ABUJA (Reuters) - Nigeria is expecting the arrival of warplanes and helicopters it ordered from Pakistan and Russia, its latest effort to counter terrorist and militant activities, Air Marshal Sadique Abubakar said on Sunday.
Nigeria is battling jihadist group Boko Haram, which has waged a seven-year insurgency in the northern part of the country aimed at creating an Islamic state. Thousands have been killed and more than 2 million displaced.
It also faces threats in its crude-producing heartland in the southern Niger Delta, where militants have been blowing up oil pipelines. The subsequent loss of crude oil output has hurt government revenues.
The air force chief said it was assisting the army and navy in countering activities of terrorists and militants.
Nigeria’s foreign minister said in May the government hoped the United States would sell it aircraft to fight Boko Haram militants, because its human rights record had improved enough for a blockade on arms deals to be lifted.
Under the previous government, the United States had blocked arms sales and ended training of Nigerian troops, partly over human rights concerns such as treatment of captured insurgents.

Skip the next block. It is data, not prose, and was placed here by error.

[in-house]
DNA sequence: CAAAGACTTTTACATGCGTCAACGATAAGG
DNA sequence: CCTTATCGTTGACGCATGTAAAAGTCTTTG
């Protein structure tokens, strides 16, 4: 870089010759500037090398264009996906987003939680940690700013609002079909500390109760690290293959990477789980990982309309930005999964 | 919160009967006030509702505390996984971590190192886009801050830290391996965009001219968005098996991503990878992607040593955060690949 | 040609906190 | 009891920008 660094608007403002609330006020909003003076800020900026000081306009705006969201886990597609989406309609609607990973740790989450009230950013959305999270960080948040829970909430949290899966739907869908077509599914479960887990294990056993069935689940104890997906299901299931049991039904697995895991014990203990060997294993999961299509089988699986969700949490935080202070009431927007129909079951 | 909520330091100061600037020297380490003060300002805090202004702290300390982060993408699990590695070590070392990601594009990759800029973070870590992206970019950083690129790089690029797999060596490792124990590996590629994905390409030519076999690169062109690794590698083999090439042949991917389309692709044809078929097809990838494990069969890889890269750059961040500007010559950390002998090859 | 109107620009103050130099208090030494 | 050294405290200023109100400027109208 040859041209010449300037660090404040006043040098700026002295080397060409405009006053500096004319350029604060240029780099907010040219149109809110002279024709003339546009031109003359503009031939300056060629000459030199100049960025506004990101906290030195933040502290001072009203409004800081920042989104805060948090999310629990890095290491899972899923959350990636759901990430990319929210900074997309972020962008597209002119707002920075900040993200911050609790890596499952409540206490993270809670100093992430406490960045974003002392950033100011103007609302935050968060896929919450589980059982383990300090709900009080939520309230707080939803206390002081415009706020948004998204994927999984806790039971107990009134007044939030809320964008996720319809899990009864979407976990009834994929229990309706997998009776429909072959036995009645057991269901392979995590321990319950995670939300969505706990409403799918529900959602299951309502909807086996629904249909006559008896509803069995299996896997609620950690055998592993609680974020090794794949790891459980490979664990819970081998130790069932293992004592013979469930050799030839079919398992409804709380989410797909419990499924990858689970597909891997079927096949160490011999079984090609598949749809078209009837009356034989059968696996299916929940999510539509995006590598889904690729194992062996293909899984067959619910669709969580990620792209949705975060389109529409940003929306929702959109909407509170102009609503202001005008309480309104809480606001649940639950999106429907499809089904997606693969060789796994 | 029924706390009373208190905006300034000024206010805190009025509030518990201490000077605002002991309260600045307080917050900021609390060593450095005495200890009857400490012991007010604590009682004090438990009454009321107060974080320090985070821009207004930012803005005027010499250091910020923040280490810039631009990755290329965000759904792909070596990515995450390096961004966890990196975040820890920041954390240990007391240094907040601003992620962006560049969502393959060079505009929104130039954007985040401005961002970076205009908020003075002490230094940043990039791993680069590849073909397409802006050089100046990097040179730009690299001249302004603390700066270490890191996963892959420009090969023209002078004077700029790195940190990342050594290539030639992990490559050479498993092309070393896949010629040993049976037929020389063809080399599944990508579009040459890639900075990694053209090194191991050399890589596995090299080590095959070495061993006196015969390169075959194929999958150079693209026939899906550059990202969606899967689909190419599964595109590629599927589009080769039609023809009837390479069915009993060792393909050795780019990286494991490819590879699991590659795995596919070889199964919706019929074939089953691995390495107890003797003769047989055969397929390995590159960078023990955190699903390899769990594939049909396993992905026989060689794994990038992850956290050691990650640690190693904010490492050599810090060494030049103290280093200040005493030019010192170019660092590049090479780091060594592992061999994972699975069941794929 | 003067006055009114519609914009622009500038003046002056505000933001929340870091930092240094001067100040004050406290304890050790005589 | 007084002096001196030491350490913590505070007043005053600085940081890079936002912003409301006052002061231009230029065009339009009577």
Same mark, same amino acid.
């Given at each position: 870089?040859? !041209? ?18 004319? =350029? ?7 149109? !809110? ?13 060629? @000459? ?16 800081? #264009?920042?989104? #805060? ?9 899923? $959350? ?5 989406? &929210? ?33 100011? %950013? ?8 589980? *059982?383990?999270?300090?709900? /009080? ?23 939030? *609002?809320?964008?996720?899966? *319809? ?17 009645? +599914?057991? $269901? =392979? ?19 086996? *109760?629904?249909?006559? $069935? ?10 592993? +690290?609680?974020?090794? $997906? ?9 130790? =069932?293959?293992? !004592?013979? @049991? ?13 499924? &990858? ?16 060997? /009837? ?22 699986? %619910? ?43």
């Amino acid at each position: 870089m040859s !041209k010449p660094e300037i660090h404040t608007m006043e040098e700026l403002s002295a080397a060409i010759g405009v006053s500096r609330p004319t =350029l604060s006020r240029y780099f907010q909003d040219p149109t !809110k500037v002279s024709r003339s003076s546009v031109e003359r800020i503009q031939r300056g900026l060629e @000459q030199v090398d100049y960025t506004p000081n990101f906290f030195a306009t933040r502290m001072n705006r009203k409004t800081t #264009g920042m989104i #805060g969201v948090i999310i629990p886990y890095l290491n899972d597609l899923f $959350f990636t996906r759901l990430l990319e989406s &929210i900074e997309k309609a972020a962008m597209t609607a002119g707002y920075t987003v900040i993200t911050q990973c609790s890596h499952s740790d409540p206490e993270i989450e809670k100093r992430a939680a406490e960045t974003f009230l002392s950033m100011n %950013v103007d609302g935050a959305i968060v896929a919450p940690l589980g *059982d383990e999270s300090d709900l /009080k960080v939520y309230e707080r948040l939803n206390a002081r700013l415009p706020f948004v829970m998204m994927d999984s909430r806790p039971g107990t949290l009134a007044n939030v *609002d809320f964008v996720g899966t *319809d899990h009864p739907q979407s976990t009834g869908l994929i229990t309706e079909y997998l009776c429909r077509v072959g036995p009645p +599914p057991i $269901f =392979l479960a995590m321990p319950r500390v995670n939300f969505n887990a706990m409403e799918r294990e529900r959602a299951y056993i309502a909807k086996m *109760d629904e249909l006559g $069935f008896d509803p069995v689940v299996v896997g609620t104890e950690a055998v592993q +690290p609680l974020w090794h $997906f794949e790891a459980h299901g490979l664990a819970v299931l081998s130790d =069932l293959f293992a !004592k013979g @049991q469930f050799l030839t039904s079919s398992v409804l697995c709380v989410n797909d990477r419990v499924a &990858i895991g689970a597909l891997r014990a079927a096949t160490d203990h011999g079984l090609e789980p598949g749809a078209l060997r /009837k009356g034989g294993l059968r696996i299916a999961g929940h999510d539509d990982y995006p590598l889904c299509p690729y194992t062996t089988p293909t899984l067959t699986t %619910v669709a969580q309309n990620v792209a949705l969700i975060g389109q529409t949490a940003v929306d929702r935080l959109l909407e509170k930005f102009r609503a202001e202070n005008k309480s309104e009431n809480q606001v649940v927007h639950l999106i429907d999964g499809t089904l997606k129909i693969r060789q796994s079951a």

Air Marshal Abubakar declined comment on arms procurement issues but said his force was receiving necessary support from several countries in terms of military training.
He said more than 700 of his troops were undergoing training in Pakistan, China, the United Kingdom, South Africa, Egypt, Russia and the United States.
In a separate statement, Nigeria’s army chief reminded the military that captured terrorists must be treated in accordance with international law, adding that he wanted to get the military back to their barracks in 2017.
Chief of Army Staff Lieutenant General Tukur Buratai urged all his commanders to act in conjunction with the air force and navy to rescue those abducted by Boko Haram.
Reporting by Felix Onuah; Additional reporting by Lanre Ola in Maiduguri; Writing by Chijioke Ohuocha; Editing by Larry King